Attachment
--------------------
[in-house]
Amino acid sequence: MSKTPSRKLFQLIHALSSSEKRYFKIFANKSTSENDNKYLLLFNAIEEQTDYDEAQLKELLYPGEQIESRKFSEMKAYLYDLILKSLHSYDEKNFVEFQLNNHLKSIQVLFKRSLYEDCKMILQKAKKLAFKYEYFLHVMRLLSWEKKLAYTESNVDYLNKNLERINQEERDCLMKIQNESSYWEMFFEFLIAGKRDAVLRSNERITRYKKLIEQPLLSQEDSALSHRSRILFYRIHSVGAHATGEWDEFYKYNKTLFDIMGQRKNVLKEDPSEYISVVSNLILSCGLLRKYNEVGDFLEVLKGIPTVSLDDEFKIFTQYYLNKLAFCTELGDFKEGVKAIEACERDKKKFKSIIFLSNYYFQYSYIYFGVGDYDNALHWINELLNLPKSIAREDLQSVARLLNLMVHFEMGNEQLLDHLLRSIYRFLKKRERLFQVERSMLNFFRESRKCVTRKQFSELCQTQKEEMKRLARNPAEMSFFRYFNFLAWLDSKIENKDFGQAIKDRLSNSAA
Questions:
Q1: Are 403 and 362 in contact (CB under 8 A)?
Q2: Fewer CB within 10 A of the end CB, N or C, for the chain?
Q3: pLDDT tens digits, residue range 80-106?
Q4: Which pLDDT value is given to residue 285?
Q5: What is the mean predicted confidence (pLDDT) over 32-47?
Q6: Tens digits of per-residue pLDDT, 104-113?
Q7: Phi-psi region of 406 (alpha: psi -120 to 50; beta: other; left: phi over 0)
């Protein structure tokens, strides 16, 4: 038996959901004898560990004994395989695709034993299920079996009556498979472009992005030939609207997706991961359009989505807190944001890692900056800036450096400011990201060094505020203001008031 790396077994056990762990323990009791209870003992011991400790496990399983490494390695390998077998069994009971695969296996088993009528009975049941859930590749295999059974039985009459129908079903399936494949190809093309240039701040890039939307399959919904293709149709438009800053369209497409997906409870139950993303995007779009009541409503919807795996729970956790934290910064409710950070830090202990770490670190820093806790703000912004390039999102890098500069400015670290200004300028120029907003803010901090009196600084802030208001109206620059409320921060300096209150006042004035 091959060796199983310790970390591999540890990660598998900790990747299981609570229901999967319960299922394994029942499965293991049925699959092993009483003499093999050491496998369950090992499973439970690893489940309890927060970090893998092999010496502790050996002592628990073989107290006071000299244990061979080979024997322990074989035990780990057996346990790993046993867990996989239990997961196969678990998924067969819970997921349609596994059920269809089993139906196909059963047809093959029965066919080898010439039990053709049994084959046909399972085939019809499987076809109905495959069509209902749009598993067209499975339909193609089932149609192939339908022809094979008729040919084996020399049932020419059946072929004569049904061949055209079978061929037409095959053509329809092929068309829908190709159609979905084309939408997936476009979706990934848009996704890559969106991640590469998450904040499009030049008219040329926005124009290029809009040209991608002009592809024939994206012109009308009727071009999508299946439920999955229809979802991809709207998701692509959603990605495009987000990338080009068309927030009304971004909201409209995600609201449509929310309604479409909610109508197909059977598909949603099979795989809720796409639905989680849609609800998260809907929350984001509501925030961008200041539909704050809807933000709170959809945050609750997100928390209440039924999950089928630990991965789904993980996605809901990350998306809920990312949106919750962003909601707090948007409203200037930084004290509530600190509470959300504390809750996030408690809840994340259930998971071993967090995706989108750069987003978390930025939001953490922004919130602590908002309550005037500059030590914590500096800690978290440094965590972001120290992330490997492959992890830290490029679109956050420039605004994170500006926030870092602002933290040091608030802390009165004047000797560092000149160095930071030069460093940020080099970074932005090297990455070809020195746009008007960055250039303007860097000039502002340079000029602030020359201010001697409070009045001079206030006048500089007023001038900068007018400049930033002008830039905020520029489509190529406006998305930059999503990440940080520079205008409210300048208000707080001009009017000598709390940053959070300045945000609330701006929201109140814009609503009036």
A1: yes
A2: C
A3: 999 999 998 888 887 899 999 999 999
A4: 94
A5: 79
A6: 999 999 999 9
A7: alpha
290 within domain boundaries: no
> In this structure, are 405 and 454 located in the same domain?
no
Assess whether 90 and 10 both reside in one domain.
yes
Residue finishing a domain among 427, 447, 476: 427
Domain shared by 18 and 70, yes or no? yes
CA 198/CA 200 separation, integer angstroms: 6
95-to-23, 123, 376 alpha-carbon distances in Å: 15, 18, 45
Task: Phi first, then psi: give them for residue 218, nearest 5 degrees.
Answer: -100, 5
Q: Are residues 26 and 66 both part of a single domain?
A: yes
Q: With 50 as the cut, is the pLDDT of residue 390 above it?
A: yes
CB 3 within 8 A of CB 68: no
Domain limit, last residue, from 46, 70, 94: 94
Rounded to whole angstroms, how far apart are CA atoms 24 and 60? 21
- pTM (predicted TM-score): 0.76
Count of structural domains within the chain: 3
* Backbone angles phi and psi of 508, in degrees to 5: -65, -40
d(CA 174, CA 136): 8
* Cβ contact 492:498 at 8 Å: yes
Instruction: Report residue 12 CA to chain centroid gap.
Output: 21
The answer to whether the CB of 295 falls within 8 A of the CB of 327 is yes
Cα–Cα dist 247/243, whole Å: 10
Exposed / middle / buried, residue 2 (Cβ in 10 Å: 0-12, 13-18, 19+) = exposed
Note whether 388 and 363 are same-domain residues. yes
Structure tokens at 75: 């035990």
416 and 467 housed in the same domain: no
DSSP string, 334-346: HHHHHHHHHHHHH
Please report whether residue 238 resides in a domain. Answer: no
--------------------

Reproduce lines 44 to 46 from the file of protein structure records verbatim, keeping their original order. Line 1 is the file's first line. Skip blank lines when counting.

The answer to whether the CB of 295 falls within 8 A of the CB of 327 is yes
Cα–Cα dist 247/243, whole Å: 10
Exposed / middle / buried, residue 2 (Cβ in 10 Å: 0-12, 13-18, 19+) = exposed